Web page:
Corresponding author:Abeer Alatawi, School of Health in Social Science, University of Edinburgh, UK
Received: August 19, 2017; Published: August 29, 2017
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Objective: Childhood asthma is a common and potentially life-threatening condition and a leading cause of child admission to acute care and emergency services. The importance of educational methods for children and their parents about appropriate asthma management has been highlighted in many studies, but little is known about the effectiveness of educational methods. This study aims to evaluate the effectiveness of group education intervention on asthma in secondary care settings compared with face-to-face education for children (under 18) and their parents. Specifically, it assesses the number of emergency visits, hospital admissions, school absences, quality of life, mortality and cost to provide best evidence for future clinical research and practice.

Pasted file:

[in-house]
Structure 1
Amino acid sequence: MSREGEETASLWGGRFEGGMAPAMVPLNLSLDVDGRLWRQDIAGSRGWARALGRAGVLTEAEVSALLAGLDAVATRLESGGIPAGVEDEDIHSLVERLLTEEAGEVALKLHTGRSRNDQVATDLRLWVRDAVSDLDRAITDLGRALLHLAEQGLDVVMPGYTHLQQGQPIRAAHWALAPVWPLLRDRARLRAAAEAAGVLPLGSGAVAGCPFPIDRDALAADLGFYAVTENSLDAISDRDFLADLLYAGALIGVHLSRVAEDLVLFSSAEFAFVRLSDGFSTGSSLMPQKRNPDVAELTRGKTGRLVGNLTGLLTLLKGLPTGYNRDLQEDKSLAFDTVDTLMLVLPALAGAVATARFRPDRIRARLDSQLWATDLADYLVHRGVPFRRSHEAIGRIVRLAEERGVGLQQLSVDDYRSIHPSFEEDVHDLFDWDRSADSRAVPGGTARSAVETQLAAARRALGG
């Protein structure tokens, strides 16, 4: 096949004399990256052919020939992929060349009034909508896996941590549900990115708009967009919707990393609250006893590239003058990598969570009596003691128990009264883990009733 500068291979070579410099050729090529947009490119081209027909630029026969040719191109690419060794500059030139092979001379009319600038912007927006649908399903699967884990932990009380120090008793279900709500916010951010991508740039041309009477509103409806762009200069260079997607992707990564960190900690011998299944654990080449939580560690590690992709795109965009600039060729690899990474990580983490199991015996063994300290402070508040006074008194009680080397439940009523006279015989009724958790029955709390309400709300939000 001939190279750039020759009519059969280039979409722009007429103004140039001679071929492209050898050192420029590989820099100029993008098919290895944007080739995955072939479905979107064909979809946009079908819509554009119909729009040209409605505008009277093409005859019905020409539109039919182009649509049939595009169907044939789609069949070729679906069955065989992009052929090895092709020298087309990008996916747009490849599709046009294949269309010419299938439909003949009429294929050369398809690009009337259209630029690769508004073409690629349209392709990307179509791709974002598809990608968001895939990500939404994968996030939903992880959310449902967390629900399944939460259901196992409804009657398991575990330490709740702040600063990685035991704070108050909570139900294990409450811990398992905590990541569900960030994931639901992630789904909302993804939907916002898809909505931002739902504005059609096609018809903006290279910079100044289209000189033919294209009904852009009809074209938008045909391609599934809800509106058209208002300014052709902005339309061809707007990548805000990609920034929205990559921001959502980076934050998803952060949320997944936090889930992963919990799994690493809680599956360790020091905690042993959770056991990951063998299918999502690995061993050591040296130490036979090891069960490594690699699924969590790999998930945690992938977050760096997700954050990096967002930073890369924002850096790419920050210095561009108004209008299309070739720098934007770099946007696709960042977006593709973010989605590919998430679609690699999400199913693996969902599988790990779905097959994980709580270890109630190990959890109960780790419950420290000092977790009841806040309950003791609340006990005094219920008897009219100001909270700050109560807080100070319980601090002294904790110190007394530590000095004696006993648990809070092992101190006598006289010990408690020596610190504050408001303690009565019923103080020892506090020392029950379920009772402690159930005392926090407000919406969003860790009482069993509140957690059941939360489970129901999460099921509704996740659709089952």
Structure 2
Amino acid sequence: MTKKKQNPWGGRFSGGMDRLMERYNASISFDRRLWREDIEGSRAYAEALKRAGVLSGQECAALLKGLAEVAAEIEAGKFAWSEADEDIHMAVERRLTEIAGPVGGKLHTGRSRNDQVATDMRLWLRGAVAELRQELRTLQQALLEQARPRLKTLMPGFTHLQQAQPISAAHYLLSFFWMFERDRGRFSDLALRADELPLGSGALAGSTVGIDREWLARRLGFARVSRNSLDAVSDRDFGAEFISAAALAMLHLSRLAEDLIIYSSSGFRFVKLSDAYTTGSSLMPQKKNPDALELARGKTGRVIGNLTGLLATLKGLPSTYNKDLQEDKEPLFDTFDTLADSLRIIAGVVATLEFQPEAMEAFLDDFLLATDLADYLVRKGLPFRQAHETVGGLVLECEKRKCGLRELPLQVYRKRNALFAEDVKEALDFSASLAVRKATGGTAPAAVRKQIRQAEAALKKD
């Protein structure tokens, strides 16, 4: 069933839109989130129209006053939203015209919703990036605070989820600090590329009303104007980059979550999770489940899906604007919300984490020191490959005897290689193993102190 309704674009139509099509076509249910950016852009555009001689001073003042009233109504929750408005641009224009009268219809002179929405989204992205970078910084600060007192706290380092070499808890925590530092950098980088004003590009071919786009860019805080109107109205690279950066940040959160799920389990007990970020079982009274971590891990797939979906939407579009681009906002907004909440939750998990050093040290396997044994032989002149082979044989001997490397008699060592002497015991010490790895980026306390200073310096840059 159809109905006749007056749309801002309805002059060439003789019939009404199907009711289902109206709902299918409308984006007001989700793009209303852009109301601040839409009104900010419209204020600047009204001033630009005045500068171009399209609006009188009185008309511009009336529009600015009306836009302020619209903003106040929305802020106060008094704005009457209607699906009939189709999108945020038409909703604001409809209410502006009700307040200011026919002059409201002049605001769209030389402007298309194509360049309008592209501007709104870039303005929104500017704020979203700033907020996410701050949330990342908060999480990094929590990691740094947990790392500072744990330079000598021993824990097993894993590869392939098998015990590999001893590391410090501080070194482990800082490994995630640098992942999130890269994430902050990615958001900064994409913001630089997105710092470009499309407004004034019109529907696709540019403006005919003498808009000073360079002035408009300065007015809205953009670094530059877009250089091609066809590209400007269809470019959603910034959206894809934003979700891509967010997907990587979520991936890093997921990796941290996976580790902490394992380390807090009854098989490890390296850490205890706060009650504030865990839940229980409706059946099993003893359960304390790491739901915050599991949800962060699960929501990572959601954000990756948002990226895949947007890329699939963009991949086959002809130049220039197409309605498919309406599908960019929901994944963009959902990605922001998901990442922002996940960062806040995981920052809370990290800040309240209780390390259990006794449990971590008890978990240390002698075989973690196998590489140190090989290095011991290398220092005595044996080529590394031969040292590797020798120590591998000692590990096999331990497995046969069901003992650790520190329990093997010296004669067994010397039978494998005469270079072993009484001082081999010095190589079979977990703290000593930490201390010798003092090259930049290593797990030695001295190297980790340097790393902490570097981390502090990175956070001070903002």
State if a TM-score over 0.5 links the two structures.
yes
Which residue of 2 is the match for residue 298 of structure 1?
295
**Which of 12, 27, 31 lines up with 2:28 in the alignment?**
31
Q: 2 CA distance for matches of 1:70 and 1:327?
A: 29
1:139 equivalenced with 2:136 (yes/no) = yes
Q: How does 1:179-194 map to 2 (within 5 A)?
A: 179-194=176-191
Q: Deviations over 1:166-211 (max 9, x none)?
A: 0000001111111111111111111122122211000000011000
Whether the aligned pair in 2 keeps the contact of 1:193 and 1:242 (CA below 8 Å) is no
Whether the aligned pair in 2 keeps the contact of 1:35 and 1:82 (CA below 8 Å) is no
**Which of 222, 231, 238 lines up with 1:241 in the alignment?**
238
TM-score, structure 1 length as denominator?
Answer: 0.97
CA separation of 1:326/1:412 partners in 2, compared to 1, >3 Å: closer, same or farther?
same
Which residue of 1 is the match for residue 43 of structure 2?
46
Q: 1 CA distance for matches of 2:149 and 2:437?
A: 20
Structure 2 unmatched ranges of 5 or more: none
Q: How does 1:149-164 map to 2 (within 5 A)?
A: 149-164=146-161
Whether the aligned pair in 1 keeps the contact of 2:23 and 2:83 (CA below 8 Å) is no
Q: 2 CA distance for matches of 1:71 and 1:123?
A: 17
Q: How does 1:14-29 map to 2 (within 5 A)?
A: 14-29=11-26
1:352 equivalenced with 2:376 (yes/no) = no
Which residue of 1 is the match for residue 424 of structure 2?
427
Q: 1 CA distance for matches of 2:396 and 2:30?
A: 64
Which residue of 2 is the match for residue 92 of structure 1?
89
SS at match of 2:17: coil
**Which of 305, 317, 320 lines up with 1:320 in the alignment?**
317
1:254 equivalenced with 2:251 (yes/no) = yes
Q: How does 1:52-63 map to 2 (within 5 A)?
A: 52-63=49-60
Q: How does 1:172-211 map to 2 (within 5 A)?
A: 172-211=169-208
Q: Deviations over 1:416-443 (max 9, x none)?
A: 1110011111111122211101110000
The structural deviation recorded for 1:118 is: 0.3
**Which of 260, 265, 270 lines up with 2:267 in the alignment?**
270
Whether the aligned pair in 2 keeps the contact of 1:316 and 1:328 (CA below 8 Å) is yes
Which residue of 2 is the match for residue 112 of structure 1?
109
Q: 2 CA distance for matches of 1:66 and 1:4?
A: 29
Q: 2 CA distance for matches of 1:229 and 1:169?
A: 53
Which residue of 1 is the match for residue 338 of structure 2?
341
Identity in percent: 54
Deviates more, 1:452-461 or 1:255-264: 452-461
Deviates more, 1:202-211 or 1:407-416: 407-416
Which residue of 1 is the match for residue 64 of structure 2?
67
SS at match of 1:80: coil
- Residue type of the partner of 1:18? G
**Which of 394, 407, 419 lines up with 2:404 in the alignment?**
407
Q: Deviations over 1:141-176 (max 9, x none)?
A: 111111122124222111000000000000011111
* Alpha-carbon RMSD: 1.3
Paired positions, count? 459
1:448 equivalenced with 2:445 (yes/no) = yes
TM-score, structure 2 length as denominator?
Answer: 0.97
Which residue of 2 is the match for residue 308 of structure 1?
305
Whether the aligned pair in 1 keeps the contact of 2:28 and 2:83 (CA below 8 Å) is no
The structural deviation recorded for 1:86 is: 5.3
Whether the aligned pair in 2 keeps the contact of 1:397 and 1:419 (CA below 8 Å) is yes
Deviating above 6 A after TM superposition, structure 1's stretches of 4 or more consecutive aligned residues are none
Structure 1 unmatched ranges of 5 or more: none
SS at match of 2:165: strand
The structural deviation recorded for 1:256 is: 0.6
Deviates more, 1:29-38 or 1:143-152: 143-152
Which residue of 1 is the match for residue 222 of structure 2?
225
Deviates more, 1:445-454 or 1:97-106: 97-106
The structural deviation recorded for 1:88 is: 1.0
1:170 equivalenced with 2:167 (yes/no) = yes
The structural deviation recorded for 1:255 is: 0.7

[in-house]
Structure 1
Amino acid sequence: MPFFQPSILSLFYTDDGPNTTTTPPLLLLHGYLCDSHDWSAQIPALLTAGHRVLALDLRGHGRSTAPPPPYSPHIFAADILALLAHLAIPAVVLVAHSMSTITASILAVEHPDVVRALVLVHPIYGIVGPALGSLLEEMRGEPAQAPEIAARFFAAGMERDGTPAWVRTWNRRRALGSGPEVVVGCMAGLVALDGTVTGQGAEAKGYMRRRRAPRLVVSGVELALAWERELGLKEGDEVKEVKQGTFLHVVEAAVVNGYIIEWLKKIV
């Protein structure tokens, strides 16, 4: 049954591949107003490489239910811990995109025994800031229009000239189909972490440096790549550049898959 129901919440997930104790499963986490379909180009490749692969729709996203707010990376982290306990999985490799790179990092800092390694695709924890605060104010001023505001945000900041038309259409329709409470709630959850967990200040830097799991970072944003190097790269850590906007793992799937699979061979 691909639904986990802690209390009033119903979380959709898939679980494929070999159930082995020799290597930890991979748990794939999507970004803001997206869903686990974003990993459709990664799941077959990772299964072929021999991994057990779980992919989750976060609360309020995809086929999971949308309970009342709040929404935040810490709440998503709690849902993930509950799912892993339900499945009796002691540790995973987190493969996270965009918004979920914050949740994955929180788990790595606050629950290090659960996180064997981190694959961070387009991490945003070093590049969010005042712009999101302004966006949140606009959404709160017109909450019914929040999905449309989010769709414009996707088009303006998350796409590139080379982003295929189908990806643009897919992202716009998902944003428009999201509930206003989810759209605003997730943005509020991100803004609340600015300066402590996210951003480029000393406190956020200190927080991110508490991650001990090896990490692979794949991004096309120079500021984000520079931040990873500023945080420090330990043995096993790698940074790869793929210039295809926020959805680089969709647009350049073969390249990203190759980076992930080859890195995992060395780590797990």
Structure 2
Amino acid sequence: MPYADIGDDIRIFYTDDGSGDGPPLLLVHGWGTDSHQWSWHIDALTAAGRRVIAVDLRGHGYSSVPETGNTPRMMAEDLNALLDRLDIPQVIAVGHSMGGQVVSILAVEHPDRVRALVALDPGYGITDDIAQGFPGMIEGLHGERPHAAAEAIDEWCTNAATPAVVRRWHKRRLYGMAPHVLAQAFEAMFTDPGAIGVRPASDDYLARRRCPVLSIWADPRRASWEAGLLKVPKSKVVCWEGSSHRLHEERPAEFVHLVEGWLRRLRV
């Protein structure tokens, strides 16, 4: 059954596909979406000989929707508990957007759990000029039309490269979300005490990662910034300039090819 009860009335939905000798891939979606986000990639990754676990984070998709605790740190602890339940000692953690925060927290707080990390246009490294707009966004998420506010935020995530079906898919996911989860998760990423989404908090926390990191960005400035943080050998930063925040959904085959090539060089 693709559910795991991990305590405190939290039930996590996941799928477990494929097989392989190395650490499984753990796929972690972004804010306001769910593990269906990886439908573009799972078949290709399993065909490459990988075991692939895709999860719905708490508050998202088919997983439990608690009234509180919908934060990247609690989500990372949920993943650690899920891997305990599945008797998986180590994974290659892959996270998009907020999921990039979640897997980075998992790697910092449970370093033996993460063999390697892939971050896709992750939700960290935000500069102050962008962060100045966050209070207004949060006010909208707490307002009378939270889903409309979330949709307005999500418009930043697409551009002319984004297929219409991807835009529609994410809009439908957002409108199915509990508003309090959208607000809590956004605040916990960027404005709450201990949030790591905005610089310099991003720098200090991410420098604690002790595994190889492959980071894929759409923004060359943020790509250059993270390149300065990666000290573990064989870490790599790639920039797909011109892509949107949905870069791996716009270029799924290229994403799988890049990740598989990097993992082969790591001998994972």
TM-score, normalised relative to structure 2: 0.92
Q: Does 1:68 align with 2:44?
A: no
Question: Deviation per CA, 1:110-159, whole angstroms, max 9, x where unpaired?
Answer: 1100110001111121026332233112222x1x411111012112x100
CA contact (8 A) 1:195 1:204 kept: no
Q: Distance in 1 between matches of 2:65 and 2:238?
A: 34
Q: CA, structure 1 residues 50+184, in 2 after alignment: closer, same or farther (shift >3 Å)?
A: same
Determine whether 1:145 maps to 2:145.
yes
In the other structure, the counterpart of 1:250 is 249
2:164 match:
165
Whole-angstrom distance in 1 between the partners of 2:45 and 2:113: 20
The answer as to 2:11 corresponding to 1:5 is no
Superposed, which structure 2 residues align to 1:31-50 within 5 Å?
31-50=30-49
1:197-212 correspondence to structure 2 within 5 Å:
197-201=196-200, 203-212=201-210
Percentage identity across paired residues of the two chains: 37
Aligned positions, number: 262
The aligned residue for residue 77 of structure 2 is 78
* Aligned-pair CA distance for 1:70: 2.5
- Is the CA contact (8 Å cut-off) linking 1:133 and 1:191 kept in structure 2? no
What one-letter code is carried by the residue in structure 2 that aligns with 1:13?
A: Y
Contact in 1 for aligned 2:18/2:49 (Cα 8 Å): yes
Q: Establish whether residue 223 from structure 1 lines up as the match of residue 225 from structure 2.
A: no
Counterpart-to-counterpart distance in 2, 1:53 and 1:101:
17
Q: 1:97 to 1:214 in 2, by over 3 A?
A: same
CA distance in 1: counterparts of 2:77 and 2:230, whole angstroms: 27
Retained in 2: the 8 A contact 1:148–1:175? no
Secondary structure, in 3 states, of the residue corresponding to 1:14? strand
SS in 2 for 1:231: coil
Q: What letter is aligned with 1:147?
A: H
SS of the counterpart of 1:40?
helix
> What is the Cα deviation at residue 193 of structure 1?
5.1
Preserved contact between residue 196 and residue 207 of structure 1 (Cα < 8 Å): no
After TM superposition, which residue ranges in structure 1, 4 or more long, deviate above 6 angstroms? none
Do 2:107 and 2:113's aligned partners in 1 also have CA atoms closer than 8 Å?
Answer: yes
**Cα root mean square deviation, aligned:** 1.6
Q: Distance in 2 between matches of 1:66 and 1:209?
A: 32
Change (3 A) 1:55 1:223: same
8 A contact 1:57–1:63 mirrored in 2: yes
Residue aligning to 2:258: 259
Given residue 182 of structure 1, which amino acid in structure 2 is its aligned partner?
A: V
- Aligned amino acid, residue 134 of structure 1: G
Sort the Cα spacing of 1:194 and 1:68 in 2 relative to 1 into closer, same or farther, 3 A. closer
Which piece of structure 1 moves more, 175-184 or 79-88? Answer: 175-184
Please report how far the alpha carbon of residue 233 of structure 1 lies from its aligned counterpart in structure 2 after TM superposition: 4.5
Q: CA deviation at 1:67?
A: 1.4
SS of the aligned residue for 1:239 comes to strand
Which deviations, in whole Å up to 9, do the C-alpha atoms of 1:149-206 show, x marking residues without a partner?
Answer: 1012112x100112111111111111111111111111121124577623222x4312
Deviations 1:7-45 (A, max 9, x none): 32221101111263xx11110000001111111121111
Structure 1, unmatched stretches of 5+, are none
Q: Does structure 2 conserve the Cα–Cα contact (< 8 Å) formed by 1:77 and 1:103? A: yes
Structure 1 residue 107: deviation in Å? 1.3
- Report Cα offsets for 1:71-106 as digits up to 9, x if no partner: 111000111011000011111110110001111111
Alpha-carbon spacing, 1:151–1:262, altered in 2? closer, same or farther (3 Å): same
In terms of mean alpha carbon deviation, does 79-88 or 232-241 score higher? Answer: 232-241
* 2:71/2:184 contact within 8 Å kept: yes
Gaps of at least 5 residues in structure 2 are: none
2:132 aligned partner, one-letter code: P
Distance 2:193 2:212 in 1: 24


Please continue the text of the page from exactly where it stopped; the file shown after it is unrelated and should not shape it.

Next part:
Data sources: MEDLINE, CINHAL, PsycINFO, EMBASE, Web of Science, and SCOPUS databases up to July 2013.
Study selections: 15 RCTs identified and their methodological quality assessed using JBI-MAStRI checklist.
Results: 15 of 927 studies included in the final review (with reviewer consensus) indicated a significant reduction in number of emergency visits and hospital admissions among those receiving face-to-face. Two studies highlighted the mean number of school absences; one study measured QoL of asthmatic children and their parents, four calculated the health cost of education and none considered mortality rates.
Conclusion: Face-to-face education significantly reduces asthmatic children’semergency visits and hospital admissions.